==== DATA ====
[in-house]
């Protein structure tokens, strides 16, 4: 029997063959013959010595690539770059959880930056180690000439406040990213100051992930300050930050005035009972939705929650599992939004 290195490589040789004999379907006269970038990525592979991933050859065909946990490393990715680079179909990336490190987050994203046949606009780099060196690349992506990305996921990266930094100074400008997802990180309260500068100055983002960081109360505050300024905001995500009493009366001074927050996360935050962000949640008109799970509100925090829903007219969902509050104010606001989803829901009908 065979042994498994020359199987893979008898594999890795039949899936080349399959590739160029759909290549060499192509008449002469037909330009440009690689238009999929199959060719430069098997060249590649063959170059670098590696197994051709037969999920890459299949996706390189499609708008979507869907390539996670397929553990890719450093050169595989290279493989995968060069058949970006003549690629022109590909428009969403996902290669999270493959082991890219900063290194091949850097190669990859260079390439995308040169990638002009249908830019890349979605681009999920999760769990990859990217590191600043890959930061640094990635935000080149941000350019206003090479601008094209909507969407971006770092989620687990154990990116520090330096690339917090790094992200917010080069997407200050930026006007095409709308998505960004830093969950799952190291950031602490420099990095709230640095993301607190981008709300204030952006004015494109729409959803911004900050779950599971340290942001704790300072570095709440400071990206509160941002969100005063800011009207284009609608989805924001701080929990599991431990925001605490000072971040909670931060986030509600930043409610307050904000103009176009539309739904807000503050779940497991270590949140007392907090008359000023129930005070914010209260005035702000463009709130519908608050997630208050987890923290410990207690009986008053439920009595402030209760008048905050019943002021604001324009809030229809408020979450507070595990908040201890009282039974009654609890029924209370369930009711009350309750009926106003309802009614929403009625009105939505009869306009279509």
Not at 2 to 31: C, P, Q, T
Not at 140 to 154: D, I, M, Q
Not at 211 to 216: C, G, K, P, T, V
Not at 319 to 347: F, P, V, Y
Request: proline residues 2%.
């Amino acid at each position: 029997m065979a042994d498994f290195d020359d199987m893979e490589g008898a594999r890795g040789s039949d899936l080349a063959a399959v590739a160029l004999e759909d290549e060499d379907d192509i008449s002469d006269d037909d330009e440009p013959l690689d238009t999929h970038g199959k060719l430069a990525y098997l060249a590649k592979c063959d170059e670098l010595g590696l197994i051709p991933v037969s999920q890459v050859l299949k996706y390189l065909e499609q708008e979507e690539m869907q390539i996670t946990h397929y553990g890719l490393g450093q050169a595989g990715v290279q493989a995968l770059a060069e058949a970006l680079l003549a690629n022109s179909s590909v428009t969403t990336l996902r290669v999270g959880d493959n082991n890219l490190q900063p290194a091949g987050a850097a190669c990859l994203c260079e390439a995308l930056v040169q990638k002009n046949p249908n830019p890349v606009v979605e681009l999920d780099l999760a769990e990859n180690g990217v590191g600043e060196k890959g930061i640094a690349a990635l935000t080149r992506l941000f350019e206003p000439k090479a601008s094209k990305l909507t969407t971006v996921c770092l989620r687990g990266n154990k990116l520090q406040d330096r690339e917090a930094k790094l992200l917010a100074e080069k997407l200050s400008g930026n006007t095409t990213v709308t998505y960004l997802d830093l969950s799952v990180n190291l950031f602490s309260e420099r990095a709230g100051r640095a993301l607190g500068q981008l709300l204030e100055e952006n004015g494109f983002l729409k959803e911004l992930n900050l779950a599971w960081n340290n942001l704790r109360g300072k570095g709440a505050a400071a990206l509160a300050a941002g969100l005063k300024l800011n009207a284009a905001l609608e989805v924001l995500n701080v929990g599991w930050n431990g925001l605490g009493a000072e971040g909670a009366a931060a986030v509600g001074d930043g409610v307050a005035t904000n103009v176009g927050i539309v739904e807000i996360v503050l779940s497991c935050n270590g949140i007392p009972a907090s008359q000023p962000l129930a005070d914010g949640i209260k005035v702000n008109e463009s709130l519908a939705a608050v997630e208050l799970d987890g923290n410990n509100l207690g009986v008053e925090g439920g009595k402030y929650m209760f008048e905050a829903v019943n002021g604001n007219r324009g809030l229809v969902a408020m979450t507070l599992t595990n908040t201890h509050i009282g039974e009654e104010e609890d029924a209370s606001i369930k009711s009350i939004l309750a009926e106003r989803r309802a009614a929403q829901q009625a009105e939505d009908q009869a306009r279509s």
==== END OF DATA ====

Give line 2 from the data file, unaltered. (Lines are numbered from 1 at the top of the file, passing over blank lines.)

């Protein structure tokens, strides 16, 4: 029997063959013959010595690539770059959880930056180690000439406040990213100051992930300050930050005035009972939705929650599992939004 290195490589040789004999379907006269970038990525592979991933050859065909946990490393990715680079179909990336490190987050994203046949606009780099060196690349992506990305996921990266930094100074400008997802990180309260500068100055983002960081109360505050300024905001995500009493009366001074927050996360935050962000949640008109799970509100925090829903007219969902509050104010606001989803829901009908 065979042994498994020359199987893979008898594999890795039949899936080349399959590739160029759909290549060499192509008449002469037909330009440009690689238009999929199959060719430069098997060249590649063959170059670098590696197994051709037969999920890459299949996706390189499609708008979507869907390539996670397929553990890719450093050169595989290279493989995968060069058949970006003549690629022109590909428009969403996902290669999270493959082991890219900063290194091949850097190669990859260079390439995308040169990638002009249908830019890349979605681009999920999760769990990859990217590191600043890959930061640094990635935000080149941000350019206003090479601008094209909507969407971006770092989620687990154990990116520090330096690339917090790094992200917010080069997407200050930026006007095409709308998505960004830093969950799952190291950031602490420099990095709230640095993301607190981008709300204030952006004015494109729409959803911004900050779950599971340290942001704790300072570095709440400071990206509160941002969100005063800011009207284009609608989805924001701080929990599991431990925001605490000072971040909670931060986030509600930043409610307050904000103009176009539309739904807000503050779940497991270590949140007392907090008359000023129930005070914010209260005035702000463009709130519908608050997630208050987890923290410990207690009986008053439920009595402030209760008048905050019943002021604001324009809030229809408020979450507070595990908040201890009282039974009654609890029924209370369930009711009350309750009926106003309802009614929403009625009105939505009869306009279509």